Permalink | | Share | Email | Print | Filed under: Yuri Mamin, Yoel Matveev, Ulysses, Victor Hinkis, The Joy of Love to Joyce, Russian, Leopold Bloom, Katerina Ksenyeva, James Joyce, Igor Romanovich, Film, Elena Verzhblovskaya, Don't Think About White Monkeys, Books, Bloomsday

The Jewish Daily Forward welcomes reader comments in order to promote thoughtful discussion on issues of importance to the Jewish community. In the interest of maintaining a civil forum, The Jewish Daily Forwardrequires that all commenters be appropriately respectful toward our writers, other commenters and the subjects of the articles. Vigorous debate and reasoned critique are welcome; name-calling and personal invective are not. While we generally do not seek to edit or actively moderate comments, our spam filter prevents most links and certain key words from being posted and The Jewish Daily Forward reserves the right to remove comments for any reason.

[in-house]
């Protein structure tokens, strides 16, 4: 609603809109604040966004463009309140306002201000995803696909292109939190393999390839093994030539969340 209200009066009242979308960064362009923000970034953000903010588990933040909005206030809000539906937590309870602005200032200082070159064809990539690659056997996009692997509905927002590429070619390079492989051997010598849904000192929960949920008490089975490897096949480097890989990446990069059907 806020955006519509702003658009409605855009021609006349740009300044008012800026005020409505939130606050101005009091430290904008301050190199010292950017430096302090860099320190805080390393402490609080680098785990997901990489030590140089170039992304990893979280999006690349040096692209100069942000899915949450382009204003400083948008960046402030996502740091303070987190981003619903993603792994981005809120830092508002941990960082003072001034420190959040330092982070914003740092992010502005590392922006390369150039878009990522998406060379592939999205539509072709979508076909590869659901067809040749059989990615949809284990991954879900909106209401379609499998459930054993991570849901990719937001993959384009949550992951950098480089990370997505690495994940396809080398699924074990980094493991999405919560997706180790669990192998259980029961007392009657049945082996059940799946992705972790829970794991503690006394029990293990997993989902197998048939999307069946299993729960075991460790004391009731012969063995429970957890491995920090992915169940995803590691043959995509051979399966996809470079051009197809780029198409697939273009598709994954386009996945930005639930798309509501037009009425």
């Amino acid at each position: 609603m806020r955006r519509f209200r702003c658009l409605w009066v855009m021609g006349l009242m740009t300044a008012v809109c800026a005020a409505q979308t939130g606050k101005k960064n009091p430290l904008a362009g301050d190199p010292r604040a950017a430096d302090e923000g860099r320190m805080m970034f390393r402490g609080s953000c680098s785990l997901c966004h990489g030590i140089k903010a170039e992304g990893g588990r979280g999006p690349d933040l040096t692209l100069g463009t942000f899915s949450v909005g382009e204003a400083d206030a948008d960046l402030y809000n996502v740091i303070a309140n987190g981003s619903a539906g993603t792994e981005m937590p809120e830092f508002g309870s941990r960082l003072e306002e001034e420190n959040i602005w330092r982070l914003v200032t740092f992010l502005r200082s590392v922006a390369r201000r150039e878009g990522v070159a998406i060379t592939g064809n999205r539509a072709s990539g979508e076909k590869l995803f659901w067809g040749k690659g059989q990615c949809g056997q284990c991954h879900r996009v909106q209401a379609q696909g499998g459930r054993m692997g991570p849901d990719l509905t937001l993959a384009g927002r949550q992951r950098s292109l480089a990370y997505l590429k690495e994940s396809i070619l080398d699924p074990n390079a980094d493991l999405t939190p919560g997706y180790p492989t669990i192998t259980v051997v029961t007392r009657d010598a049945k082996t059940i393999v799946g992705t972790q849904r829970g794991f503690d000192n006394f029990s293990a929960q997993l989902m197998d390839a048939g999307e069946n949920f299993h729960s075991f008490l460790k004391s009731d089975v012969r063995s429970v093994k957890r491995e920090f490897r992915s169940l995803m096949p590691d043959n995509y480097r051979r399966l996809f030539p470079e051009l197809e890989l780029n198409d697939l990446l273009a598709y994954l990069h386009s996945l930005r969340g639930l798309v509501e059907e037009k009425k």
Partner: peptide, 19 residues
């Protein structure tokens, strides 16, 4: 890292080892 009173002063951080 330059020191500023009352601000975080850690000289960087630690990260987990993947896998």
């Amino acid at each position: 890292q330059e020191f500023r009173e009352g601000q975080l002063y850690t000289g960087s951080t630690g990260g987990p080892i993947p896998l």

Find us on Facebook!
  • Prime Suspect? Prime Minister.
  • Move over Dr. Ruth — there’s a (not-so) new sassy Jewish sex-therapist in town. Her name is Shirley Zussman — and just turned 100 years old.
  • From kosher wine to Ecstasy, presenting some of our best bootlegs:
  • Sara Kramer is not the first New Yorker to feel the alluring pull of the West Coast — but she might be the first heading there with Turkish Urfa pepper and za’atar in her suitcase.
  • About 1 in 40 American Jews will get pancreatic cancer (Ruth Bader Ginsberg is one of the few survivors).